Jeremy Hunt hints he could make it easier for local authorities to increase council tax

Chancellor Jeremy Hunt has hinted he could let local authorities increase council tax as he looks to fill a £60bn fiscal black hole.

Mr Hunt said that in his autumn statement on Thursday "we'll be asking people who have more to contribute even more" and this "will be reflected in our decisions on council tax".

The admission followed a question in the Commons from Labour's Chris Bryant, who said schools and local authorities "are in real fear of going bust" due to rising energy bills and food inflation.

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He warned the chancellor against "pushing this on council tax", saying: "Many of the poorest areas in the country have the highest level of need and the fewest number of people who can afford to make additional contributions, so that will be entirely counterproductive and the ratchet effect could actually make local authorities even more unsustainable?"

But Mr Hunt replied: "I do hear what the right honourable gentleman says and it is going to be a very difficult announcement on Thursday because we are going to be asking everyone to contribute more.

"But we'll be asking people who have more to contribute even more. And that will be reflected in our decisions on council tax and every other tax as well."

The warning prompted Speaker Sir Lindsay Hoyle to joke: "You might want to save something for Thursday."

The government has not confirmed what measures will be in the autumn statement later this week - but there has been a constant stream of measures reportedly being considered.

This "pitch rolling" helps markets get an idea of what is coming down the road and avoids spooking traders.

When Liz Truss and Kwasi Kwarteng made several surprise announcements in their mini-budget in September, it contributed to the financial chaos which saw the Bank of England forced to intervene to prevent pension funds from collapsing.

Both the chancellor and prime minister have been clear that tax rises and spending cuts are likely to be announced on Thursday.

Analysis released on Monday by the independent Resolution Foundation think tank found Ms Truss's mini-budget cost the UK £30bn, doubling the sum the Treasury says will have to be raised.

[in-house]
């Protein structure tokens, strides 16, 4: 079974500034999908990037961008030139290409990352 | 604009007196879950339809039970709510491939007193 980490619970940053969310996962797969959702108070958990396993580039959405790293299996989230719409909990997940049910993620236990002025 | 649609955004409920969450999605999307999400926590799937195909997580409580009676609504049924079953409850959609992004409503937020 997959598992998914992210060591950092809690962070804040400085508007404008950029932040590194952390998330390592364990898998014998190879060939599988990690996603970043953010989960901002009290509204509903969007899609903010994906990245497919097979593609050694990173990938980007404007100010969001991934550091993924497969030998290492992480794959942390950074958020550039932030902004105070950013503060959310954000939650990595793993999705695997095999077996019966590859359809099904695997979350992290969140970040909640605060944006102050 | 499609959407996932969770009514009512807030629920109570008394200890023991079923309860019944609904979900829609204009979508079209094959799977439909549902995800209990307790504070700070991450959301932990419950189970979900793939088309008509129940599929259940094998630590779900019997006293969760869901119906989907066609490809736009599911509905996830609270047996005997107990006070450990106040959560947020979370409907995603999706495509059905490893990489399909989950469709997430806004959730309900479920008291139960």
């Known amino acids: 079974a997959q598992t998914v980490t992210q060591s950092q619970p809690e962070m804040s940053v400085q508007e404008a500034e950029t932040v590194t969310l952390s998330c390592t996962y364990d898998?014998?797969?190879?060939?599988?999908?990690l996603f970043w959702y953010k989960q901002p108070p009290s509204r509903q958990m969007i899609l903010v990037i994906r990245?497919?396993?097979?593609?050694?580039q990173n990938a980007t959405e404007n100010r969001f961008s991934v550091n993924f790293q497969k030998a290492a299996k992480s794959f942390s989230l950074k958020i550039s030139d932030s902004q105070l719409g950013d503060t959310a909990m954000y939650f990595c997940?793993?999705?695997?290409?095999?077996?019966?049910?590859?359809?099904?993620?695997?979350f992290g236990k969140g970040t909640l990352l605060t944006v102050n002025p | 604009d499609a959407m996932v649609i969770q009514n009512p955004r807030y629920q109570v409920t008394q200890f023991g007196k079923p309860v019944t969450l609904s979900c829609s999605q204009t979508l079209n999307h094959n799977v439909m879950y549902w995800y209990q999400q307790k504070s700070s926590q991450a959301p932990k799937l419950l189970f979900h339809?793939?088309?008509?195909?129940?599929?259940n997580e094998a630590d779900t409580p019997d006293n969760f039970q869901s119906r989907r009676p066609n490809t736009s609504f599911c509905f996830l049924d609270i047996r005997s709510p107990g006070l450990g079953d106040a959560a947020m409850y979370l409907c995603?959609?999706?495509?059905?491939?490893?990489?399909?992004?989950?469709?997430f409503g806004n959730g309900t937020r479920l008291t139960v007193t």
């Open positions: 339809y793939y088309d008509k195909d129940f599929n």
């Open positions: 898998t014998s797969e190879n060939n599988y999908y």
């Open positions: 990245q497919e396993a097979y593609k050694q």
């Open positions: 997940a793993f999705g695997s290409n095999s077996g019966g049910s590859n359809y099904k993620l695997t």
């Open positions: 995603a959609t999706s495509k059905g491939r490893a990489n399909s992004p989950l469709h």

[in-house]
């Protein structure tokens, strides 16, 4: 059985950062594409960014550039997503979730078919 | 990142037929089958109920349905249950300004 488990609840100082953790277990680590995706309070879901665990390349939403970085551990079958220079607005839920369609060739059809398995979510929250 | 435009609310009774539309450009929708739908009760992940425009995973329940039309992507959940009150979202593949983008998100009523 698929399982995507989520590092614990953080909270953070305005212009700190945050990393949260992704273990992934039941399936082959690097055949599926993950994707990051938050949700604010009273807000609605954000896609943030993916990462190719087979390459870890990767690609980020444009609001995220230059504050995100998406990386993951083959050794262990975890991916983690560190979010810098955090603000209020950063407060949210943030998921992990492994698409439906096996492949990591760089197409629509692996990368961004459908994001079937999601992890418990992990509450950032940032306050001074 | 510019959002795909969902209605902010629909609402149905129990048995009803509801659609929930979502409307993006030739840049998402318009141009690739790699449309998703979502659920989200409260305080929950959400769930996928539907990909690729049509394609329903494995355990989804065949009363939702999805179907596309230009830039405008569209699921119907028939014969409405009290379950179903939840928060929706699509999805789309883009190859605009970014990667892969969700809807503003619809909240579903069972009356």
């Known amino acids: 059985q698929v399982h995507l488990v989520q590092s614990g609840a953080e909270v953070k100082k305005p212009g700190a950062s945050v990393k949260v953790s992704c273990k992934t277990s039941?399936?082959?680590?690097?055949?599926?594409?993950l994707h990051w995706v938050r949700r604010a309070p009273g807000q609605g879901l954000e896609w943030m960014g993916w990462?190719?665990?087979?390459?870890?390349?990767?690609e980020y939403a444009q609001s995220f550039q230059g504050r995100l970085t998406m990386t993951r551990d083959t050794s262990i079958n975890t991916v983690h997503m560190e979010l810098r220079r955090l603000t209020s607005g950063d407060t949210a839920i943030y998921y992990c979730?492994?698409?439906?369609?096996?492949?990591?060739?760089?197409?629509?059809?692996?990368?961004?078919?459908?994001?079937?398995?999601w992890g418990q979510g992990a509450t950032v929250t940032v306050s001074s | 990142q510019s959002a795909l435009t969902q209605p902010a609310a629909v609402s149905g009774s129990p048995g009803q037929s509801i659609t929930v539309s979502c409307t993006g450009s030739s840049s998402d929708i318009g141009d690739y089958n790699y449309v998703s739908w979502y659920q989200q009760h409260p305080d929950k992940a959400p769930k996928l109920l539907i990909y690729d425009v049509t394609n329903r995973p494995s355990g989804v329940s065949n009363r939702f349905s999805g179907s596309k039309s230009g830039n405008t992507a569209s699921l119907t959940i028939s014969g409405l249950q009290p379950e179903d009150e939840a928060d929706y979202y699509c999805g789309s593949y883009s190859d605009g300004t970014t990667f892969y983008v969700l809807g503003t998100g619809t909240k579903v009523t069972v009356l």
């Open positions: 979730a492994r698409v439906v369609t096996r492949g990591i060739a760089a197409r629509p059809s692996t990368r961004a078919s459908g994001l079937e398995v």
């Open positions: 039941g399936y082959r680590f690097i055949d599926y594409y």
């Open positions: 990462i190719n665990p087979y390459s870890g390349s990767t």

One of the measures reportedly being considered is to give local authorities the power to raise council taxes above 2.99% each year without a referendum, in a bid to ease pressures on social care.

This may put the party on a collision course with Tory MPs, as the Conservative's manifesto promised that "local people will continue to have the final say on council tax".

Under the present rules councils that are responsible for social care can raise bills by a maximum of 2.99% plus a 1% levy for social care each year.

According to The Daily Telegraph, the new threshold could be 5%, which would see households in band D paying up to £100 extra.

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Other decisions reportedly under consideration include keeping the rise in National Insurance that Liz Truss scrapped, lowering the threshold for those who will pay the highest rate of income tax, getting rid of the pensions triple lock and not raising benefits in line with inflation.

Mr Hunt is also expected to make the support plan for energy bills less generous from April, instead switching to more targeted measures in order to save the Treasury billions.

He is also considering increasing the windfall tax on oil and gas giants from 25% to 35% while also expanding the levy to electricity generators.

No final decisions have been made.

But earlier, Prime minister Rishi Sunak said "difficult decisions" are required to "fix" the damage caused by his predecessor, though he refused to apologise for her mistakes.

And on Sunday, Mr Hunt warned that "sacrifices" are required across the board to get the economy back on track, telling Sky News: "We're all going to be paying a bit more tax, I'm afraid".